While it’s certainly touristy — and the food and drinks are over-priced compared to what you’ll pay in less visited areas of Prague — it’s still hard to resist enjoying for at least a little while!
31. Take the Elevator Up Old Town Tower
The only ancient tower in Prague that doesn’t involve climbing hundreds of narrow, uneven stone steps. Yes, the tower at the top of Old Town Hall (right in the heart of Old Town Square, next to the Astronomical Clock) has an elevator! The views are absolutely unbelievable, and in our opinion, this one is a must-do. Try to do it early in the morning to avoid crowds, or (and if you don’t mind crowds) at sunset!
Tickets are 120 CKZ, or Free with the Prague Card.
32. Catch the Astronomical Show At the Top of the Hour
Another story I can’t verify, but seems to be repeated over and over again, is that Prague’s famed Astronomical Clock was voted the 2nd most disappointing tourist attraction in all of Europe.
We think this is a bit harsh. The clock is beautiful, the story has all the plot twists of a modern thriller – betrayal, murder, revenge – and when you consider what the clock can do in relation to the fact that it’s more than 600 years old, it’s pretty damn impressive.
That said, the show itself is only a few minutes of craning your neck, and it’s always crowded with people hoping to catch a glimpse.
Definitely worth seeing while you’re in Prague, but just don’t expect too much. Catch it at the top of the hour in Old Town Square.
33. Take a Peek In Our Lady of Tyn
The Roman Catholic Our Lady of Tyn Church (which, in my humble opinion, resembles something an evil witch would live in in a Disney cartoon) has an impossible-to-ignore presence on Old Town Square, but few venture inside to see the spectacular interior. It’s free to enter the general part of the church, and a mere 25 CKZ to enter the temple part.
If you just want to enjoy the atmosphere of the church’s exterior, there’s a small street to the left (if you’re facing the church – Tynska is the name) with a few bars and restaurants where you can grab a coffee or Czech Pilsner with a great view of the towers!
34. Walk the Way of Kings and Queens
Head down to Republic Square (Náměstí Republiky), where you’ll find the Municipal Palace (featured in a Vin Diesel movie, guys! Famous!) and the Powder Tower, which marks the beginning of the ancient coronation route for Czech Royals. The Powder Tower is – surprise – open to climbing if you’re up to it. It’s just under 200 steps to the top and is free with a Prague Card, or 90 CKZ without.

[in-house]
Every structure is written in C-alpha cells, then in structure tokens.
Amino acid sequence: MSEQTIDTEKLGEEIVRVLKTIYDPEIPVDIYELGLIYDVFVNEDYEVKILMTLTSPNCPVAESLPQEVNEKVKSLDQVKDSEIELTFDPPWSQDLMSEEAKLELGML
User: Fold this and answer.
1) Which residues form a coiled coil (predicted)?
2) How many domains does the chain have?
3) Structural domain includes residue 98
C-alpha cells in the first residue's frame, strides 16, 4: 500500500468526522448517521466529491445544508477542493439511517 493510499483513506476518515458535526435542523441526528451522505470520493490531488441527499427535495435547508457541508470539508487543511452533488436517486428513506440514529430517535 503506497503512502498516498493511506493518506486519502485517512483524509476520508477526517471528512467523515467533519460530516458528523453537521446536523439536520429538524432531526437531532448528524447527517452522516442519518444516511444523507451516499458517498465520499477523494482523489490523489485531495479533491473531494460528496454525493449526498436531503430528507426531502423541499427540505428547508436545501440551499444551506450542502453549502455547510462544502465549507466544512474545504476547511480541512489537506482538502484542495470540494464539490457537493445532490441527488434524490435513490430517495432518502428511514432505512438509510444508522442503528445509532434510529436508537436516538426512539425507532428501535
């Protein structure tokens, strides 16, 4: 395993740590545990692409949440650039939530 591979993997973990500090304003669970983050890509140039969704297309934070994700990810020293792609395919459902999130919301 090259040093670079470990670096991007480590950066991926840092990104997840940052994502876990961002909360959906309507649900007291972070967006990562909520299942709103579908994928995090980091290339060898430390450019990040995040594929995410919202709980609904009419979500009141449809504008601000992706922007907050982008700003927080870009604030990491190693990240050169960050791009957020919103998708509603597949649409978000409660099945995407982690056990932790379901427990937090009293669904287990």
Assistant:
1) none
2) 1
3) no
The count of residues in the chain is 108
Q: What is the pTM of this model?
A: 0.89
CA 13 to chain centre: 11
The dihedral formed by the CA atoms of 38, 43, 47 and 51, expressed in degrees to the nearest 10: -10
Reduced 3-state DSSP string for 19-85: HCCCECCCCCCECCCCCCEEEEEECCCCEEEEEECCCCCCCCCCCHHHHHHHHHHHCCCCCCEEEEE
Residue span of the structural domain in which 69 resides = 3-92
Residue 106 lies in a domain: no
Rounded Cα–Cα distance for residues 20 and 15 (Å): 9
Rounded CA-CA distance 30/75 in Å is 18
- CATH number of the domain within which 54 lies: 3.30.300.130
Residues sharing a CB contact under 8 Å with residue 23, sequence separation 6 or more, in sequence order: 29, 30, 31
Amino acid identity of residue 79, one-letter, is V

35. Get a Klobása on Wenceslas Square
Cheap sausage (klobása) stands dot the sidewalks all along Wenceslas Square (which is really more of a boulevard, than a Square), but particularly at the bottom in the traffic-free zone. While tourists eat the sausages all day long – and you can too, without much shame – to Czechs, these are “drunk food” spots, a place you stop at after a big night out to satisfy cravings and attempt to blunt the effects of bad decision-making.
These spots sell sausages, and sometimes fried cheese sandwiches as well, as well as draught beer. A perfect cheap lunch or dinner!
(More Reading: the BBC on the right way to eat a sausage in Prague)
36. Stock Up on Awesome Souveniers at Manufaktura
Manufaktura is a small, local chain selling homewares, wooden children’s toys, and bath products, and became my favourite go-to for getting Czech gifts and souvenirs. My favorite was the Czech beer and wine products — shampoo, conditioner, body lotion, etc. There is one location right near Old Town Square, and one right near Charles Bridge on the Malá Strana side.
37 to 43. Do a Self-Guided Černý Tour
David Černý is like the bad boy of Czech advent guard art, and regularly stages controversial, provocative and thought-provoking pieces around Prague. From his highlights reel:
- Gesture, a giant pink hand giving the middle finger, that floated up and down the Vltava River
- London Booster, a double-decker London bus with hydraulic arms that did pushups during the London Olympics
- Nation for Itself Forever, a statue of a giant gold man that was scheduled to sit on the roof of the national theatre, and spray passers by from its…ahem…nozzle.
While those installations are not available to see in Prague now, there’s plenty of Černý to keep you busy if you’re interested. When friends came to visit and asked us about things to do in Prague that are a little less “typical,” we often took them on a 30 minute loop to show them:
- Dead Horse being ridden by St. Wenceslas (Lucerna – Štěpánská 61),
- The relatively new rotating Kafka Head in the back courtyard near Tesco My (Národní 63/26)
- Freud ‘Man Hanging Out’ statue (Betlémské Náměstí 6).
There’s also a pretty funny Černý in the Franz Kafka Museum courtyard (free to enter the courtyard) called, simply, Piss. Featuring two bronze men peeing (water) on a map of the Czech Republic, the best part of this statue is its interactivity: if you text a message to +420 724-370-770, the statues will pee out your message!
If you want even more Černý, Prague can deliver:
- The ‘barcode’ babies in Kampa Park, near Museum Kampa
- In Utero, a gigantic naked mirrored woman whose uterus you can crawl into, if you’re so inclined (Dlouhá 616/12)
- Embryo, a misshapen mound on the side of a building that glows at night (Namesti U Sv. Anny, quite close to Charles Bridge)
- Brownnosers, an installation featuring two sets of gigantic legs and behinds at Futura Gallery. If you climb the ladders and peer into the sculptures’ a$$holes (yes – seriously!) you can watch a video of two Czech politicians feeding each other slop, all to the delightful soundtrack of We are the Champions.